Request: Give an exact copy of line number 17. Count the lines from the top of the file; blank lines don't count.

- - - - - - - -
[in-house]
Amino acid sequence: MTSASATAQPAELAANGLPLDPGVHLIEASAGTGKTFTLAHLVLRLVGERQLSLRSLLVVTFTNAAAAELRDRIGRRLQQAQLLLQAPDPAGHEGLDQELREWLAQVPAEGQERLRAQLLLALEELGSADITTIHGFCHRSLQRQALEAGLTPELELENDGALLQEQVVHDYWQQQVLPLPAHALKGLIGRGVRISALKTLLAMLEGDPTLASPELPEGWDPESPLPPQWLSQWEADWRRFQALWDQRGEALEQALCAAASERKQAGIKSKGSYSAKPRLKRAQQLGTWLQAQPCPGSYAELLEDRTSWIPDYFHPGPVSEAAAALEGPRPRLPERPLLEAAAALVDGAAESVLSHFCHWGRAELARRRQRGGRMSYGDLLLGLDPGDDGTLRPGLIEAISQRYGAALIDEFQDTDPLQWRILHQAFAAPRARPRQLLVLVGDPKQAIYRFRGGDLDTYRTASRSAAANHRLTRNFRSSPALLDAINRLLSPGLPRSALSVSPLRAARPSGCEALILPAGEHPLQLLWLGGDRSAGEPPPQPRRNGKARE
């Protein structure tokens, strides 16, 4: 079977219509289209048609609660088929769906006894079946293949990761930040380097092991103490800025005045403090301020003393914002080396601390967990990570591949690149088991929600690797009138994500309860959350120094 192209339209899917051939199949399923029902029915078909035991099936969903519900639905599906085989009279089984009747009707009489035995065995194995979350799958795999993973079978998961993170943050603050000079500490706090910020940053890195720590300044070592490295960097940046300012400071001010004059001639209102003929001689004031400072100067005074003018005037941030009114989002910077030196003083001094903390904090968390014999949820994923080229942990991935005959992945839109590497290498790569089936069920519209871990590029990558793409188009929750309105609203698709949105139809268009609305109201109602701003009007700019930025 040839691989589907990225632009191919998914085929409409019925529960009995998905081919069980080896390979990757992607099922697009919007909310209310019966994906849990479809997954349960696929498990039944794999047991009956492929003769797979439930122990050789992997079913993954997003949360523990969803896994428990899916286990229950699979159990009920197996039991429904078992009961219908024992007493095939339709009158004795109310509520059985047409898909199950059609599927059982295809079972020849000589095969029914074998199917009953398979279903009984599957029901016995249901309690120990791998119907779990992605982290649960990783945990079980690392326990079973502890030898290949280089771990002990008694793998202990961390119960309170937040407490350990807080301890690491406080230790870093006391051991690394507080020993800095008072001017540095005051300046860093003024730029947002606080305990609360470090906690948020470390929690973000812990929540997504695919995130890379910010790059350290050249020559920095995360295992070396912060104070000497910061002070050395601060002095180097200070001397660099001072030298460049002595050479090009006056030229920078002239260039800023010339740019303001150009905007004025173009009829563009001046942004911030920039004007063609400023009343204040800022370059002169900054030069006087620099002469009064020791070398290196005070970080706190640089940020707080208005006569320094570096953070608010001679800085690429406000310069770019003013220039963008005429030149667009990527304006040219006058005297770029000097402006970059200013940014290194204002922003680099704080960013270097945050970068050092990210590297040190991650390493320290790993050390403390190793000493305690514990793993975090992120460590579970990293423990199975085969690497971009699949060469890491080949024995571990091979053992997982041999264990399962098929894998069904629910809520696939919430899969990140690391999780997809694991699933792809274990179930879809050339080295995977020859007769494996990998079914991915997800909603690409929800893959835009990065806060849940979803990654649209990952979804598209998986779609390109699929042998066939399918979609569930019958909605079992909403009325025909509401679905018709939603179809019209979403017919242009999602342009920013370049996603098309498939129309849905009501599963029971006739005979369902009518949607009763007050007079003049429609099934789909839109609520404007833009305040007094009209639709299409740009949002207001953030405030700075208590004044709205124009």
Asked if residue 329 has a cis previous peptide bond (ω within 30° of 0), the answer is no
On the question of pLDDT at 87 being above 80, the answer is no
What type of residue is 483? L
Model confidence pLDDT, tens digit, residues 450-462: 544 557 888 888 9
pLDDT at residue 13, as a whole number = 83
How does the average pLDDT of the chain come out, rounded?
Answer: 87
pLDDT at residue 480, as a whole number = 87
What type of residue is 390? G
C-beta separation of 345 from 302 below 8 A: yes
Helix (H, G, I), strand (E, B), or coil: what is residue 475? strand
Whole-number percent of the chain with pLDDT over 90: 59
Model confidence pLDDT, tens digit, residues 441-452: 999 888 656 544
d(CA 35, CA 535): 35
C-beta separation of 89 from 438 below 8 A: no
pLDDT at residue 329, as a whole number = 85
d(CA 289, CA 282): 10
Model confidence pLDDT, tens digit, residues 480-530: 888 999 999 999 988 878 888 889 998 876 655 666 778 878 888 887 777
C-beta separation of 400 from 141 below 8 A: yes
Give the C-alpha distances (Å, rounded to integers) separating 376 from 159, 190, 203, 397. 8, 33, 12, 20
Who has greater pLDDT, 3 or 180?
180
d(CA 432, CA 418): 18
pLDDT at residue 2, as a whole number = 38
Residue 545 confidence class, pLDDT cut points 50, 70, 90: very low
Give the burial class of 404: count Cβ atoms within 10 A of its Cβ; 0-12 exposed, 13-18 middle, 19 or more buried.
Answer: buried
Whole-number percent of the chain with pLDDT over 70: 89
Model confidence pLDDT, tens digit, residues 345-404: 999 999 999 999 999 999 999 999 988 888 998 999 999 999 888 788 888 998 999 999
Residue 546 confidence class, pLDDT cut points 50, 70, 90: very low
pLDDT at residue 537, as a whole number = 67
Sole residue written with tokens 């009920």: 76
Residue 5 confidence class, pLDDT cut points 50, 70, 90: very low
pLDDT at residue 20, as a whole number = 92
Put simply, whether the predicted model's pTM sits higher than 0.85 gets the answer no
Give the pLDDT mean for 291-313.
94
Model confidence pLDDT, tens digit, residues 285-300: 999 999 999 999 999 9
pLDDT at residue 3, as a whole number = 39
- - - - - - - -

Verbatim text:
d(CA 35, CA 535): 35